Just the other day I had a lively discussion with a friend of mine about photography. One of the points we discussed is the RAW vs JPEG issue, which is haunting so many people out there. Well, here is my take on the whole RAW vs JPEG issue.
I shoot RAW, it is an essential part of my preprocessing. At the early stages I shot primarily JPEG, but I found I was limited in my preprocessing using Adobe Photoshop. With the arrival of Adobe Photoshop Lightroom working with RAW files became so much easier and allows me to really push it to the limit in terms of preprocessing. Learn more about RAW @ Wikipedia.
Let me make it clear, I’m not against JPEG. If you’re the type of guy/girl that only wants to make nice pictures and do not care about preprocessing then JPEG is definitely the way to go. However, in my humble opinion (and I’m sure people will hate me for saying this): don’t use a fancy DSLR just to shoot JPEGs. It will be like using a Ferrari to do grocery shopping at the store just around the corner. Sure, it works (depending on the amount of groceries, there isn’t much space left in a Ferrari) but you’re not using the car to its full potential.
One of the major arguments of my friend to not use RAW is the space it occupies. This a non-argument, prices of both storage cards and hard drives are really low. Space is not an issue anymore. Another argument he had is more or less valid. Processing RAW, especially when you have a lot, it time consuming and the effects are not always eminent.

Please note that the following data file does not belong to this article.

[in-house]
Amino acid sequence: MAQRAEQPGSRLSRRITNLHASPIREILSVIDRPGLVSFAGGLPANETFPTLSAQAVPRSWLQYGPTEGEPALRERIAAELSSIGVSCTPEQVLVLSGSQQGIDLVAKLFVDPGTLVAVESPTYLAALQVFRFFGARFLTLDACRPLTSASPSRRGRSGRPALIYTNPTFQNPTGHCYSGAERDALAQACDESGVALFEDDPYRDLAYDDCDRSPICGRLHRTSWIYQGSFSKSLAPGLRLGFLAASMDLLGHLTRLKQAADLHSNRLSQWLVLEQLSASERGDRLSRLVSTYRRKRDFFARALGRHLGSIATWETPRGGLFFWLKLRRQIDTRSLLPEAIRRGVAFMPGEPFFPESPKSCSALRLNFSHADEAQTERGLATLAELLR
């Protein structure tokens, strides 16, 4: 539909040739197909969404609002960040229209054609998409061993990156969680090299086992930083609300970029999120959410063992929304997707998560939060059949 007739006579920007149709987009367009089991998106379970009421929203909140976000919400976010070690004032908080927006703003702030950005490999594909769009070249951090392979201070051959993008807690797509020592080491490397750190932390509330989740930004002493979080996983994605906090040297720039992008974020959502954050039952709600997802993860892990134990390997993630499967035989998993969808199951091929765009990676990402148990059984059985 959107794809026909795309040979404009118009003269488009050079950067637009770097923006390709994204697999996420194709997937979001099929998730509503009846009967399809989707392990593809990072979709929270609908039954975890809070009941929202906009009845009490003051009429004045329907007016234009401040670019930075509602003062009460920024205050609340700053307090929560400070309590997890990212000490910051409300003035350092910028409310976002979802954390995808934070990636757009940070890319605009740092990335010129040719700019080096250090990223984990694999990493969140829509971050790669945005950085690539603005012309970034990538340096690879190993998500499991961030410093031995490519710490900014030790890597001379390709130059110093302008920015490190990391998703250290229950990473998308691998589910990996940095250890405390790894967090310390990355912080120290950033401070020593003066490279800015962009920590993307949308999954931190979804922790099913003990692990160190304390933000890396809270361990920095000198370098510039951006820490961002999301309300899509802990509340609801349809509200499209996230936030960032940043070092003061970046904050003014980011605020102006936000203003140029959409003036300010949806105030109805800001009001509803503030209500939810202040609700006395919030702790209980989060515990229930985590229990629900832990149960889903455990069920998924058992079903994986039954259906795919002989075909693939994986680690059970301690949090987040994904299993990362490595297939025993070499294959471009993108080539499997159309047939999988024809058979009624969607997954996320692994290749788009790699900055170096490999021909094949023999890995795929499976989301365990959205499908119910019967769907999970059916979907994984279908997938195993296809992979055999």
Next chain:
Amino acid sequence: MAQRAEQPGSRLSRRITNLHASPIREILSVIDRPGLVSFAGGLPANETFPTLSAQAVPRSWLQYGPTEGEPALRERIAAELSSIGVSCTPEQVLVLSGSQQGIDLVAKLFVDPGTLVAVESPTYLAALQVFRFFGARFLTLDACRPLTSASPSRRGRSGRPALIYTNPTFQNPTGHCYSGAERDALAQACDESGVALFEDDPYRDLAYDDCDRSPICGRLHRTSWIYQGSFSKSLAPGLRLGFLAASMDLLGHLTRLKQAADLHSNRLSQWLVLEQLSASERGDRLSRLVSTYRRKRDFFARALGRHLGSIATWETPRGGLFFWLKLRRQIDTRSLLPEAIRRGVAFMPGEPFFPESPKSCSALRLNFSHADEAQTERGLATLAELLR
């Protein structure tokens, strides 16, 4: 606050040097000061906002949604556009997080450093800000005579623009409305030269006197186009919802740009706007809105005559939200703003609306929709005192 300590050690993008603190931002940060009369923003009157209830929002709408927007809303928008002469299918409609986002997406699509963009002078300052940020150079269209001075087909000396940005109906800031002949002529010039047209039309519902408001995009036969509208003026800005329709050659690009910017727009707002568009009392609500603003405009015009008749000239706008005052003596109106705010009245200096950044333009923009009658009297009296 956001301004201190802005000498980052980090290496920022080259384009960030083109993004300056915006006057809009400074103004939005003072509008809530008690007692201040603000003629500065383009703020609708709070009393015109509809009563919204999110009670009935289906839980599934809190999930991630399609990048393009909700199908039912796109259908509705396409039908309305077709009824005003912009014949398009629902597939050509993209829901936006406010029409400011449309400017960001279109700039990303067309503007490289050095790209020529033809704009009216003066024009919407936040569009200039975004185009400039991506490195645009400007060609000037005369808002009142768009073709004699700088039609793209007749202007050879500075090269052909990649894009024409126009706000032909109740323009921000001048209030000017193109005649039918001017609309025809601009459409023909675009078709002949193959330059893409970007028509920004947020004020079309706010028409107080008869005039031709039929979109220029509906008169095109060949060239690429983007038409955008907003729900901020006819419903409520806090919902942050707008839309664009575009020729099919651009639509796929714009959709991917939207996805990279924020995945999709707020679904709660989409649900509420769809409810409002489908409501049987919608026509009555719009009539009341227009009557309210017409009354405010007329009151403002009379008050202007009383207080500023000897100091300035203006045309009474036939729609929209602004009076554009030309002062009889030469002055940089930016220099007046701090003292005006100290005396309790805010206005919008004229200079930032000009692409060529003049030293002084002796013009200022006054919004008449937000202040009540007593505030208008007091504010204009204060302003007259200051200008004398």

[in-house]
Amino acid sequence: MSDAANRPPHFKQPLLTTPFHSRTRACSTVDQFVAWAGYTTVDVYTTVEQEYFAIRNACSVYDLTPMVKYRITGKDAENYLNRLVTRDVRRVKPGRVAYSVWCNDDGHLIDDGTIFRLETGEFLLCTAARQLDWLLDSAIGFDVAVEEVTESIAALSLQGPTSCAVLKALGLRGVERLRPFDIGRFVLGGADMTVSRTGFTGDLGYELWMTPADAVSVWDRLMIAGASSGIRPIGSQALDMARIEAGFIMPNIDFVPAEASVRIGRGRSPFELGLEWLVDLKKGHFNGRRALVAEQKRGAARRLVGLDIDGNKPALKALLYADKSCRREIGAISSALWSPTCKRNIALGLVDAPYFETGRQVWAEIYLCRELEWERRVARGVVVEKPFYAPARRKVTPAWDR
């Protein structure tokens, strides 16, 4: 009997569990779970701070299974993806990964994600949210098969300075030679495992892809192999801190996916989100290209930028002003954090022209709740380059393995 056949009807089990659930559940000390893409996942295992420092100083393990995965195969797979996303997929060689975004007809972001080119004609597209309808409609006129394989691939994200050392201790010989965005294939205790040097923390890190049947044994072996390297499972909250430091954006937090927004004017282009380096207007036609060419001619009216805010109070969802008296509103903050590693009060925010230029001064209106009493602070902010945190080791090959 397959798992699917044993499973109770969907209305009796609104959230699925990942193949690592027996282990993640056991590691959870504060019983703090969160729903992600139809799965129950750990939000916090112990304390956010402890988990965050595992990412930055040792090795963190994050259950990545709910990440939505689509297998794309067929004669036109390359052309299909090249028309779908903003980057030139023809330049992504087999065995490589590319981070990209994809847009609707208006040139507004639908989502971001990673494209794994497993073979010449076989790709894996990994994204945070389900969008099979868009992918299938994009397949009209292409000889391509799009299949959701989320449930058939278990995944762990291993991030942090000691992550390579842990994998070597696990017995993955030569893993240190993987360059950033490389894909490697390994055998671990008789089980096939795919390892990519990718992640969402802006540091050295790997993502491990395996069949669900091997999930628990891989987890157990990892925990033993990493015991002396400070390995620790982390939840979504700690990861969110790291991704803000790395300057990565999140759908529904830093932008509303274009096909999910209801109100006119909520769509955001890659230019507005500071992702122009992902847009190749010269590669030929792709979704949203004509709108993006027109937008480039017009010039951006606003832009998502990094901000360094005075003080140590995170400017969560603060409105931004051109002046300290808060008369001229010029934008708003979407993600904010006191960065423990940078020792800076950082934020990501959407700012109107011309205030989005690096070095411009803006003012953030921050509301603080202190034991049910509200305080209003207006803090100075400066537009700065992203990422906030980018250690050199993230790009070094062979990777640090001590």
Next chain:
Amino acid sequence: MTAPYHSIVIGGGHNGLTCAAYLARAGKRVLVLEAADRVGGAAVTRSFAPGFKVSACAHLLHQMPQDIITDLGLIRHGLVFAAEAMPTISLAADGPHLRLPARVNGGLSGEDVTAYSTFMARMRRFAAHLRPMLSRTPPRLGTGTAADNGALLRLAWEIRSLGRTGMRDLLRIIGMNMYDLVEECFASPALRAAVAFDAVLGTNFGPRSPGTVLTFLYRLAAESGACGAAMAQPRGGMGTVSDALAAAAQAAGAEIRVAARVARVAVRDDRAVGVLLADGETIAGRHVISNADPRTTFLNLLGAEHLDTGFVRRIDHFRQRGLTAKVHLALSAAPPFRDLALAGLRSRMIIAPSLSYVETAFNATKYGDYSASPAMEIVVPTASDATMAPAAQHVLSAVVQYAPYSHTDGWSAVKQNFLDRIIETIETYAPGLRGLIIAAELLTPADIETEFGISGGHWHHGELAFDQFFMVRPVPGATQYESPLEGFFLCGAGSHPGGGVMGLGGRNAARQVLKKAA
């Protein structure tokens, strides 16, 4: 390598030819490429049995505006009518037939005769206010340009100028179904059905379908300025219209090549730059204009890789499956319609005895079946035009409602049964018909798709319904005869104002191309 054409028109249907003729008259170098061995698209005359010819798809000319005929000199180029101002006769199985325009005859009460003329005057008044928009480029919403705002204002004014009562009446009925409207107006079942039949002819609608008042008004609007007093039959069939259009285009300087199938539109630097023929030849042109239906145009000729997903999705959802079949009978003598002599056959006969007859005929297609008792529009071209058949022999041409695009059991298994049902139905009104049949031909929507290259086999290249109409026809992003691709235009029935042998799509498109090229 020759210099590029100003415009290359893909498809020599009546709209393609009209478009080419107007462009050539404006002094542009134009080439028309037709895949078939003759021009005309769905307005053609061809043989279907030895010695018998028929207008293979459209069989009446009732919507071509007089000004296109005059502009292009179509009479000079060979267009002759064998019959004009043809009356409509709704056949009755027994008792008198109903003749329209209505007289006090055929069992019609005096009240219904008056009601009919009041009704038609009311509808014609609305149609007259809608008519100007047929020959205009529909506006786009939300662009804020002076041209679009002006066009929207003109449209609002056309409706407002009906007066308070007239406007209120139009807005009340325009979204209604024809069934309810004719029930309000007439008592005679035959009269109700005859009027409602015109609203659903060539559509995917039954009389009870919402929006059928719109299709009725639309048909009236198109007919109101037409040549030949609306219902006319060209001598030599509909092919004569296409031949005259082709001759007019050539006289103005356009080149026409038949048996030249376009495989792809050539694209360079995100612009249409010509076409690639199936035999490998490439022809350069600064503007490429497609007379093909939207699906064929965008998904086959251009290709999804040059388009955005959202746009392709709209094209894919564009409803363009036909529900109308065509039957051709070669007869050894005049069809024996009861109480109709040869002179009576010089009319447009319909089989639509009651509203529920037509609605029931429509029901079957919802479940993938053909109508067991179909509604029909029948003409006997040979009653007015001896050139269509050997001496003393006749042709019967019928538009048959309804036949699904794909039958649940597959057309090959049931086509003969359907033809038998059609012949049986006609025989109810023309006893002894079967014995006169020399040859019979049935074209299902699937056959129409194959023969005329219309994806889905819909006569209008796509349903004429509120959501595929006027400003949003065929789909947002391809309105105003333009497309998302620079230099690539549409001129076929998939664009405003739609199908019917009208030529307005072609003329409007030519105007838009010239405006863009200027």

My feeling and experience is that shooting RAW puts lots more control at your fingertips than using JPEG. Instead of letting the camera decide what is good, you can make you’re own decisions. Perhaps you don’t know this, but if you use JPEG your camera makes some predefined decisions about boosting colors and other preprocessing steps and save the image in a lossy compression file format. Besides loosing perhaps valuable information you need if you do want to edit your image, you have to live with what the camera thinks is right. And to be honest, on average the camera will get it right. But there are some situations the law of averages does not work out well.
But to each his own, I’ll just continue shooting RAW and by doing so, spend a considerably amount of time doing preprocessing. It is, after all, my choice.